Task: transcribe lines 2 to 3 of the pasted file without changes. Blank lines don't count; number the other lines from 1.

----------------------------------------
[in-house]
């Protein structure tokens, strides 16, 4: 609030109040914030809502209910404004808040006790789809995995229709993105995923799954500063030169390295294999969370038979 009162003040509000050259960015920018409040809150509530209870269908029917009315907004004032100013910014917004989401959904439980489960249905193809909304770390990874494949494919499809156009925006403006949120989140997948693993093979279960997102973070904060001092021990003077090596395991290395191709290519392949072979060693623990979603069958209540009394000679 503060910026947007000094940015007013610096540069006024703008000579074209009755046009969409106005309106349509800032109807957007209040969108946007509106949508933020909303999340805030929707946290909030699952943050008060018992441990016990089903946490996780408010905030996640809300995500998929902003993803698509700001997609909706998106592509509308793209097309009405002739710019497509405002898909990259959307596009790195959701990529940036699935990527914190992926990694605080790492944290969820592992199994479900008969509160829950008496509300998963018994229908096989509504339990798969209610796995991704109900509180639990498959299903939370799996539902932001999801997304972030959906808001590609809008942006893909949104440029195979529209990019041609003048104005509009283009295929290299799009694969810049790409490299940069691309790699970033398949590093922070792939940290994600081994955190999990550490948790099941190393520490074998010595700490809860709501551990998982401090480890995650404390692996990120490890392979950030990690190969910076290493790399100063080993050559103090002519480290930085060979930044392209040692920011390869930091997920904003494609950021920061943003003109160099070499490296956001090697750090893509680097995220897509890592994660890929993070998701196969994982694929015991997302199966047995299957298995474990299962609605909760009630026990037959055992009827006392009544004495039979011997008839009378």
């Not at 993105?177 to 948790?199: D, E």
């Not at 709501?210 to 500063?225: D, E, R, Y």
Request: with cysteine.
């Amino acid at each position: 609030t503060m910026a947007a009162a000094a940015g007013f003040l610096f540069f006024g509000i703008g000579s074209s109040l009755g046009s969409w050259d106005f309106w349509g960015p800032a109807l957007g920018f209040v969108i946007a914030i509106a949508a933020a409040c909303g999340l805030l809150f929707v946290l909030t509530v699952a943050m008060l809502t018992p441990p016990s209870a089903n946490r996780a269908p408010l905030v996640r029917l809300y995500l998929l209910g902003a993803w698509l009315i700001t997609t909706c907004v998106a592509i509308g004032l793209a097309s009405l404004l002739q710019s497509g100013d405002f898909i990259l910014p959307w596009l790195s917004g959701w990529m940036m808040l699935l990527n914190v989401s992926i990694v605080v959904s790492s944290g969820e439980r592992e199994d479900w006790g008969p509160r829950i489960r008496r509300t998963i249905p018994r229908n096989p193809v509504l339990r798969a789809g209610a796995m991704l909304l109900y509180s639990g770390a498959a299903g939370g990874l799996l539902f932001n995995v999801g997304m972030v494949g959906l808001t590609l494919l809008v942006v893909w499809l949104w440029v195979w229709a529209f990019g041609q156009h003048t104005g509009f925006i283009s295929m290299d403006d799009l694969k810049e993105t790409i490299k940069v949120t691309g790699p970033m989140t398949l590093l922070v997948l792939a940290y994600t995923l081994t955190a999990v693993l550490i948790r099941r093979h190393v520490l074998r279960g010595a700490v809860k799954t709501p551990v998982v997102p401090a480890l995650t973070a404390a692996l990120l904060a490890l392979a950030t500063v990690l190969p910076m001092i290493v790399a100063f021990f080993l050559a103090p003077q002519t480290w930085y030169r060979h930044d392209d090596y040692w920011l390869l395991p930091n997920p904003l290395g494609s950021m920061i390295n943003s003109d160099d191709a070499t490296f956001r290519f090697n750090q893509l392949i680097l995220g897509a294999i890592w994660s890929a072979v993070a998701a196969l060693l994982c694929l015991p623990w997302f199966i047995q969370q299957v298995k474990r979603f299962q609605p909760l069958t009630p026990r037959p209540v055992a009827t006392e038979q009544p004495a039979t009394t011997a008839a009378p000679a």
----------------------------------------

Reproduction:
């Protein structure tokens, strides 16, 4: 609030109040914030809502209910404004808040006790789809995995229709993105995923799954500063030169390295294999969370038979 009162003040509000050259960015920018409040809150509530209870269908029917009315907004004032100013910014917004989401959904439980489960249905193809909304770390990874494949494919499809156009925006403006949120989140997948693993093979279960997102973070904060001092021990003077090596395991290395191709290519392949072979060693623990979603069958209540009394000679 503060910026947007000094940015007013610096540069006024703008000579074209009755046009969409106005309106349509800032109807957007209040969108946007509106949508933020909303999340805030929707946290909030699952943050008060018992441990016990089903946490996780408010905030996640809300995500998929902003993803698509700001997609909706998106592509509308793209097309009405002739710019497509405002898909990259959307596009790195959701990529940036699935990527914190992926990694605080790492944290969820592992199994479900008969509160829950008496509300998963018994229908096989509504339990798969209610796995991704109900509180639990498959299903939370799996539902932001999801997304972030959906808001590609809008942006893909949104440029195979529209990019041609003048104005509009283009295929290299799009694969810049790409490299940069691309790699970033398949590093922070792939940290994600081994955190999990550490948790099941190393520490074998010595700490809860709501551990998982401090480890995650404390692996990120490890392979950030990690190969910076290493790399100063080993050559103090002519480290930085060979930044392209040692920011390869930091997920904003494609950021920061943003003109160099070499490296956001090697750090893509680097995220897509890592994660890929993070998701196969994982694929015991997302199966047995299957298995474990299962609605909760009630026990037959055992009827006392009544004495039979011997008839009378």
């Not at 993105?177 to 948790?199: D, E």